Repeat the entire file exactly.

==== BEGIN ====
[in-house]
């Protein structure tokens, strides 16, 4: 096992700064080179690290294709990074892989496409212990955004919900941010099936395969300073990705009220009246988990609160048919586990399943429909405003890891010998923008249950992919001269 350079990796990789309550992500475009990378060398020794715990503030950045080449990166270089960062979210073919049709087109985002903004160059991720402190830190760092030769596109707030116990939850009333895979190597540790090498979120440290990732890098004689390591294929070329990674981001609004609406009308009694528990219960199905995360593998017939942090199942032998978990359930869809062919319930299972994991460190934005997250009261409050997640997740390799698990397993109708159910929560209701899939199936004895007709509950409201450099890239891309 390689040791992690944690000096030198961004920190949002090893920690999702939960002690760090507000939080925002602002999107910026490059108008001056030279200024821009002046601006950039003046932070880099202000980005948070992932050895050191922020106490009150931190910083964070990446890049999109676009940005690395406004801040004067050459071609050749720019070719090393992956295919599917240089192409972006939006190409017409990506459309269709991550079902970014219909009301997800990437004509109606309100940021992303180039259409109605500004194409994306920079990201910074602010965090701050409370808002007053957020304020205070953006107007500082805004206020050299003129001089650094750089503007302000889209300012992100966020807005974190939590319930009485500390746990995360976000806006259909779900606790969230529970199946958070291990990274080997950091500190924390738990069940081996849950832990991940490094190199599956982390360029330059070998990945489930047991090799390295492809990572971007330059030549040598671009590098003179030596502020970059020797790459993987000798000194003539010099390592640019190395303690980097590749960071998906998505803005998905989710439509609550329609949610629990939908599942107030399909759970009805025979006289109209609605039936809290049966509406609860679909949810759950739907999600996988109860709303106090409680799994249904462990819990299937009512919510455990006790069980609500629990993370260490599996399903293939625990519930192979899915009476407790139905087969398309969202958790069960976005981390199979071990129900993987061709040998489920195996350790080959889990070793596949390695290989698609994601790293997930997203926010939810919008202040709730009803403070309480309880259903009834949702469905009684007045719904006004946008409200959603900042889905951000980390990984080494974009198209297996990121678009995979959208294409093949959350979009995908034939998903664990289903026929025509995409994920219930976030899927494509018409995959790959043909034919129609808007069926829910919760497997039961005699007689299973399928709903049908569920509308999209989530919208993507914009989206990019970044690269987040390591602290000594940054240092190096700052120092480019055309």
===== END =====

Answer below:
[in-house]
């Protein structure tokens, strides 16, 4: 096992700064080179690290294709990074892989496409212990955004919900941010099936395969300073990705009220009246988990609160048919586990399943429909405003890891010998923008249950992919001269 350079990796990789309550992500475009990378060398020794715990503030950045080449990166270089960062979210073919049709087109985002903004160059991720402190830190760092030769596109707030116990939850009333895979190597540790090498979120440290990732890098004689390591294929070329990674981001609004609406009308009694528990219960199905995360593998017939942090199942032998978990359930869809062919319930299972994991460190934005997250009261409050997640997740390799698990397993109708159910929560209701899939199936004895007709509950409201450099890239891309 390689040791992690944690000096030198961004920190949002090893920690999702939960002690760090507000939080925002602002999107910026490059108008001056030279200024821009002046601006950039003046932070880099202000980005948070992932050895050191922020106490009150931190910083964070990446890049999109676009940005690395406004801040004067050459071609050749720019070719090393992956295919599917240089192409972006939006190409017409990506459309269709991550079902970014219909009301997800990437004509109606309100940021992303180039259409109605500004194409994306920079990201910074602010965090701050409370808002007053957020304020205070953006107007500082805004206020050299003129001089650094750089503007302000889209300012992100966020807005974190939590319930009485500390746990995360976000806006259909779900606790969230529970199946958070291990990274080997950091500190924390738990069940081996849950832990991940490094190199599956982390360029330059070998990945489930047991090799390295492809990572971007330059030549040598671009590098003179030596502020970059020797790459993987000798000194003539010099390592640019190395303690980097590749960071998906998505803005998905989710439509609550329609949610629990939908599942107030399909759970009805025979006289109209609605039936809290049966509406609860679909949810759950739907999600996988109860709303106090409680799994249904462990819990299937009512919510455990006790069980609500629990993370260490599996399903293939625990519930192979899915009476407790139905087969398309969202958790069960976005981390199979071990129900993987061709040998489920195996350790080959889990070793596949390695290989698609994601790293997930997203926010939810919008202040709730009803403070309480309880259903009834949702469905009684007045719904006004946008409200959603900042889905951000980390990984080494974009198209297996990121678009995979959208294409093949959350979009995908034939998903664990289903026929025509995409994920219930976030899927494509018409995959790959043909034919129609808007069926829910919760497997039961005699007689299973399928709903049908569920509308999209989530919208993507914009989206990019970044690269987040390591602290000594940054240092190096700052120092480019055309």